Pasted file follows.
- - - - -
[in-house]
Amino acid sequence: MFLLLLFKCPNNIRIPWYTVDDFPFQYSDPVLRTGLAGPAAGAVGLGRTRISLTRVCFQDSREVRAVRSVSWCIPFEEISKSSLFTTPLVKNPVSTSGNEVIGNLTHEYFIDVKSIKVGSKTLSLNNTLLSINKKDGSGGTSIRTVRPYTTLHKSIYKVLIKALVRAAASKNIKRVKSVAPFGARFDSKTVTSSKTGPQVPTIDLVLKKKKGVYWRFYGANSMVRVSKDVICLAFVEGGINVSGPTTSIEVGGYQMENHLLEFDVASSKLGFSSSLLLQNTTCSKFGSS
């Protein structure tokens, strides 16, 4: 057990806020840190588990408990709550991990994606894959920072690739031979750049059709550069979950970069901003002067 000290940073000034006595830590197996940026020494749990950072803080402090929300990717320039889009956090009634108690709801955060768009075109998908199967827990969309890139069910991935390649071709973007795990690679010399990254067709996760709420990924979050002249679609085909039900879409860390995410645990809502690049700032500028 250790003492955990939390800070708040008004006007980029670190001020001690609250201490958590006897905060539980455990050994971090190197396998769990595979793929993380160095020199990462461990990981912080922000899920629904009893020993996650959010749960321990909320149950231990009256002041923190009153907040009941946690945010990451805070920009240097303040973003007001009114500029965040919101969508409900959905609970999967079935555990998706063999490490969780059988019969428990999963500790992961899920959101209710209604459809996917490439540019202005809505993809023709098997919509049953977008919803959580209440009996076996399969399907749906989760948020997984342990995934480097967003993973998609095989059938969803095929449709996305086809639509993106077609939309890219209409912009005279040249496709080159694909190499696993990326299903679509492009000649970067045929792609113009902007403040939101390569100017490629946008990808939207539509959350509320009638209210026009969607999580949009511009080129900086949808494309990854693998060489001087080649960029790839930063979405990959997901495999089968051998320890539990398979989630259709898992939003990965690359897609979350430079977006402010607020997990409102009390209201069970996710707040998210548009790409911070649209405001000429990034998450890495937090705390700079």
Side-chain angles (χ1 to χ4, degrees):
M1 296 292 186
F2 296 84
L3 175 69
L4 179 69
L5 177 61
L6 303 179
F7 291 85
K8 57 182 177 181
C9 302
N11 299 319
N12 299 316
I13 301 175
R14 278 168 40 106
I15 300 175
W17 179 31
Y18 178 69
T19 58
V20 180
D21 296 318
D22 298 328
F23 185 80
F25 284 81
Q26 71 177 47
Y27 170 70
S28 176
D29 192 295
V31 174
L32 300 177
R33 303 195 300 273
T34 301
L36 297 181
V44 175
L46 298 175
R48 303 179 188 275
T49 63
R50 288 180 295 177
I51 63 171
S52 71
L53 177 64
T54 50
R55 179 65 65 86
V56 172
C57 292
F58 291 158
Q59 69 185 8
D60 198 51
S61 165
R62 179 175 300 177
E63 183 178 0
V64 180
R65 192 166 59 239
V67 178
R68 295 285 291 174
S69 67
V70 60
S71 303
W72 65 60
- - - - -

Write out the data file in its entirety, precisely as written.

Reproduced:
[in-house]
Amino acid sequence: MFLLLLFKCPNNIRIPWYTVDDFPFQYSDPVLRTGLAGPAAGAVGLGRTRISLTRVCFQDSREVRAVRSVSWCIPFEEISKSSLFTTPLVKNPVSTSGNEVIGNLTHEYFIDVKSIKVGSKTLSLNNTLLSINKKDGSGGTSIRTVRPYTTLHKSIYKVLIKALVRAAASKNIKRVKSVAPFGARFDSKTVTSSKTGPQVPTIDLVLKKKKGVYWRFYGANSMVRVSKDVICLAFVEGGINVSGPTTSIEVGGYQMENHLLEFDVASSKLGFSSSLLLQNTTCSKFGSS
């Protein structure tokens, strides 16, 4: 057990806020840190588990408990709550991990994606894959920072690739031979750049059709550069979950970069901003002067 000290940073000034006595830590197996940026020494749990950072803080402090929300990717320039889009956090009634108690709801955060768009075109998908199967827990969309890139069910991935390649071709973007795990690679010399990254067709996760709420990924979050002249679609085909039900879409860390995410645990809502690049700032500028 250790003492955990939390800070708040008004006007980029670190001020001690609250201490958590006897905060539980455990050994971090190197396998769990595979793929993380160095020199990462461990990981912080922000899920629904009893020993996650959010749960321990909320149950231990009256002041923190009153907040009941946690945010990451805070920009240097303040973003007001009114500029965040919101969508409900959905609970999967079935555990998706063999490490969780059988019969428990999963500790992961899920959101209710209604459809996917490439540019202005809505993809023709098997919509049953977008919803959580209440009996076996399969399907749906989760948020997984342990995934480097967003993973998609095989059938969803095929449709996305086809639509993106077609939309890219209409912009005279040249496709080159694909190499696993990326299903679509492009000649970067045929792609113009902007403040939101390569100017490629946008990808939207539509959350509320009638209210026009969607999580949009511009080129900086949808494309990854693998060489001087080649960029790839930063979405990959997901495999089968051998320890539990398979989630259709898992939003990965690359897609979350430079977006402010607020997990409102009390209201069970996710707040998210548009790409911070649209405001000429990034998450890495937090705390700079």
Side-chain angles (χ1 to χ4, degrees):
M1 296 292 186
F2 296 84
L3 175 69
L4 179 69
L5 177 61
L6 303 179
F7 291 85
K8 57 182 177 181
C9 302
N11 299 319
N12 299 316
I13 301 175
R14 278 168 40 106
I15 300 175
W17 179 31
Y18 178 69
T19 58
V20 180
D21 296 318
D22 298 328
F23 185 80
F25 284 81
Q26 71 177 47
Y27 170 70
S28 176
D29 192 295
V31 174
L32 300 177
R33 303 195 300 273
T34 301
L36 297 181
V44 175
L46 298 175
R48 303 179 188 275
T49 63
R50 288 180 295 177
I51 63 171
S52 71
L53 177 64
T54 50
R55 179 65 65 86
V56 172
C57 292
F58 291 158
Q59 69 185 8
D60 198 51
S61 165
R62 179 175 300 177
E63 183 178 0
V64 180
R65 192 166 59 239
V67 178
R68 295 285 291 174
S69 67
V70 60
S71 303
W72 65 60